The preventative effect on HIV transmission of being virally suppressed due to antiretroviral therapy (ART), as recognized by the Swiss Commission for HIV/AIDS in 2008, has helped to reduce the criminalization of HIV exposure in Switzerland. Since the Swiss statement's release, there have been acquittals of two HIV exposure cases in 2009, no further prosecutions for HIV exposure and alterations to the law used in these cases, according to study results presented at EACS 2013 in Brussels, Belgium.
Although Switzerland is not the only country to criminalize HIV, the country did have one of the most severe HIV criminal legislation in Europe, together with Sweden and Austria. Swiss law had considered exposure to HIV, defined as sex without a condom between an HIV-infected individual and an HIV-uninfected individual, a criminal offense. This was the case even if the HIV-uninfected partner gave consent, there was no transmission or the HIV-infected partner did not know his or her status.
The criminal cases were based in two articles of the Swiss penal code: 122, which concerns serious bodily harm, and 231, which covers transmission of human diseases. The latter, despite supposedly being a public health measure, had only been invoked in cases of HIV exposure or transmission. From 1990 onward, this legal apparatus had resulted in more than 80 proceedings, with 48 prosecutions -- over half of them due to exposure only, with no transmission having happened.
This scenario started changing in 2008, according to Deborah Glejser and Sascha Moore Boffi, from Groupe Sida Genève, a Swiss community-based HIV organization. Glejser performed a survey that reviewed criminal judgments in Swiss cantonal and federal courts, statements by stakeholders and policy makers and records of parliamentary sessions since 2009. Glejser states that the turning point for advocacy work against criminalization was the declaration issued by the Swiss Commission for HIV/AIDS (now known as the Swiss Commission for Sexual Health) in 2008.
The Swiss statement, as it became known, stated that "HIV-positive individuals on effective antiretroviral therapy who have had an undetectable viral load for at least six months and without sexually-transmitted infections are sexually non-infectious." Due to the worldwide controversy created by the declaration, it was not immediately used in court, with Swiss prosecutors trying to have it removed from debates so as not to be used as a defense. Although there was international acknowledgement of the Swiss statement in 2009, advocacy groups did not wait for it, using policy briefs by UNAIDS to show that criminal laws against HIV transmission had no impact on the spreading of the virus or containment of the epidemic.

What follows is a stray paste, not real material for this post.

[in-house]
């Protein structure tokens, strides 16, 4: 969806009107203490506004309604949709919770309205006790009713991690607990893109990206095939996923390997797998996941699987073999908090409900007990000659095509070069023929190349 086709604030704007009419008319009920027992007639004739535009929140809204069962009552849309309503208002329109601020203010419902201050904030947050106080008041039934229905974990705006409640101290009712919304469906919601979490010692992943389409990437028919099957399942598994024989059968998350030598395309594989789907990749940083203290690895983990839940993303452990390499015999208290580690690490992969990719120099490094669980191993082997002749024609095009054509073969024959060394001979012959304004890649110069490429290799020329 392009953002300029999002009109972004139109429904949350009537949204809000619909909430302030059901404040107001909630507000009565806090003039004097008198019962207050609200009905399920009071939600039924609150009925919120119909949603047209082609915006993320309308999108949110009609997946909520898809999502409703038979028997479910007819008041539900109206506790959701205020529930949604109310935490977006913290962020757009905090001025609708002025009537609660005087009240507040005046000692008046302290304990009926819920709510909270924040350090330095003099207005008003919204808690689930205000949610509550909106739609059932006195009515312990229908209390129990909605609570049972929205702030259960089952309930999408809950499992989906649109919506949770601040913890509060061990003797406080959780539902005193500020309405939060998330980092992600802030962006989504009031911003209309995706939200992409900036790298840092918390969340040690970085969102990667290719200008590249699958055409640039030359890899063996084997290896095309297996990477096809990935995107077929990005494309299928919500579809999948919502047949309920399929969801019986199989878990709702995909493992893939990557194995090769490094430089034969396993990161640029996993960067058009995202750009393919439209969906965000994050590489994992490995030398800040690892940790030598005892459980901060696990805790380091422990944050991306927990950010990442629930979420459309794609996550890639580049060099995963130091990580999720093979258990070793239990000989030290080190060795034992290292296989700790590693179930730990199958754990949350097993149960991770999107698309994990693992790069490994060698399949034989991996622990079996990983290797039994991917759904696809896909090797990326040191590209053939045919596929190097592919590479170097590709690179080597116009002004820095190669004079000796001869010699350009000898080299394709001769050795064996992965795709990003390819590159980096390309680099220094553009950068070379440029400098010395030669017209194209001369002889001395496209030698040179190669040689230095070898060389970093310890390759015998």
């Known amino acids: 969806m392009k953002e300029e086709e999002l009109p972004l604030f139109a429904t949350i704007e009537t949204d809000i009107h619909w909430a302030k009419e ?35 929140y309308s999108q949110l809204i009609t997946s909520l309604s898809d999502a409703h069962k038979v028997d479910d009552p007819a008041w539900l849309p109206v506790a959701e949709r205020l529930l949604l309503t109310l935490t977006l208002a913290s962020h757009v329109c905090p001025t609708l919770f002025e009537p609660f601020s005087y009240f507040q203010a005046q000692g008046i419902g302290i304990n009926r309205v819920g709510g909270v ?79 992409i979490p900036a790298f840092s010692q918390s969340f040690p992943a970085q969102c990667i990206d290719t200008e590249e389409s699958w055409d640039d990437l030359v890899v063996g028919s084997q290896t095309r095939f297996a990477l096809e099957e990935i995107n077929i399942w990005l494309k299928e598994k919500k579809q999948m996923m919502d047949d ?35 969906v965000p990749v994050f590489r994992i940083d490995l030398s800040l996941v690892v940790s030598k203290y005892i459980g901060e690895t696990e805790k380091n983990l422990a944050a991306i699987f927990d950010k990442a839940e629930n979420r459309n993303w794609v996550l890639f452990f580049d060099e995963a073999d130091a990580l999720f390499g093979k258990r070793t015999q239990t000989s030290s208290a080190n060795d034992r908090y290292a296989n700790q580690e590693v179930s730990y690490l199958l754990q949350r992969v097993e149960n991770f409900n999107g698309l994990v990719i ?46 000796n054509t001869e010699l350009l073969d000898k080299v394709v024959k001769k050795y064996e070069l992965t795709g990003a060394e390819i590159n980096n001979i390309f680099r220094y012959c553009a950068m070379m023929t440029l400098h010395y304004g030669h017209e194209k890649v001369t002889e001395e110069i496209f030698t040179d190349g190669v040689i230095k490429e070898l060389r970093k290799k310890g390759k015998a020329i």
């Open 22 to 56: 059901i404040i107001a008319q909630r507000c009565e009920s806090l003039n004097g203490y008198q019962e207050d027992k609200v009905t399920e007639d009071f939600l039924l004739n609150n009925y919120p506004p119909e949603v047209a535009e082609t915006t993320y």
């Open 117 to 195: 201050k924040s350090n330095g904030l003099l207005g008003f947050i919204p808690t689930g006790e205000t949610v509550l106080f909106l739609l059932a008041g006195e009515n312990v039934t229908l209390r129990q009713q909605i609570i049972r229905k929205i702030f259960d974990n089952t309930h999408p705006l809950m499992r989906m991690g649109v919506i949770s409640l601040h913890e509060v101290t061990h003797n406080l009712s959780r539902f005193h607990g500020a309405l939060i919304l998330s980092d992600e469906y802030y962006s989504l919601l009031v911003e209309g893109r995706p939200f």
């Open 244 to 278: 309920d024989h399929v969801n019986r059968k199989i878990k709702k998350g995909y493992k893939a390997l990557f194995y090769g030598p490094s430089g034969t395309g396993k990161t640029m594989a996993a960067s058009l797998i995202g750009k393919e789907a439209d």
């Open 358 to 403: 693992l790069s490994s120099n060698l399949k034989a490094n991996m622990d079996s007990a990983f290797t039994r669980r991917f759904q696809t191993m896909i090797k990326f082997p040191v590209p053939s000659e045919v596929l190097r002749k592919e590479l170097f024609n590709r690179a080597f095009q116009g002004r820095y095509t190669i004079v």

A breakthrough came in December 2008 in the case of an HIV-infected man who was condemned to a year and a half of prison by a Geneva court. The man knew he had an undetectable viral load and had sex with two consenting HIV-uninfected women. Although no transmission occurred, the two women sued the man, who appealed the sentence. Three months later, the court cleared him of the charges stating that he was undergoing ART at the time and had little chance to infect his partners. This was the first decision of its kind in Switzerland, but not the only one. A second acquittal happened in 2009. Since then, no further prosecutions have been carried out for HIV exposure when the HIV-infected partner was on effective ART.
For Glejser, these acquittals were a major step forward and set a legal precedent, leading to a significant decrease in the number of prosecutions after 2009. This was supported in later years by changes in legislation, such as the 2012 reformation of article 231, preventing prosecution when informed consent is given. With the new wording, the article will only be invoked for intentional or malicious transmission.
HIV exposure can still be prosecuted under article 122, but thanks to a 2013 ruling by the Swiss federal court (equivalent to the U.S. Supreme Court), HIV transmission is no longer considered serious bodily harm, falling under common assault and making it easier for defendants to use the Swiss statement for defense, as well as resulting in lesser sentences.
Fred Furtado is a science writer based in Rio de Janeiro, Brazil.
Follow Fred on Twitter: @Patchlord.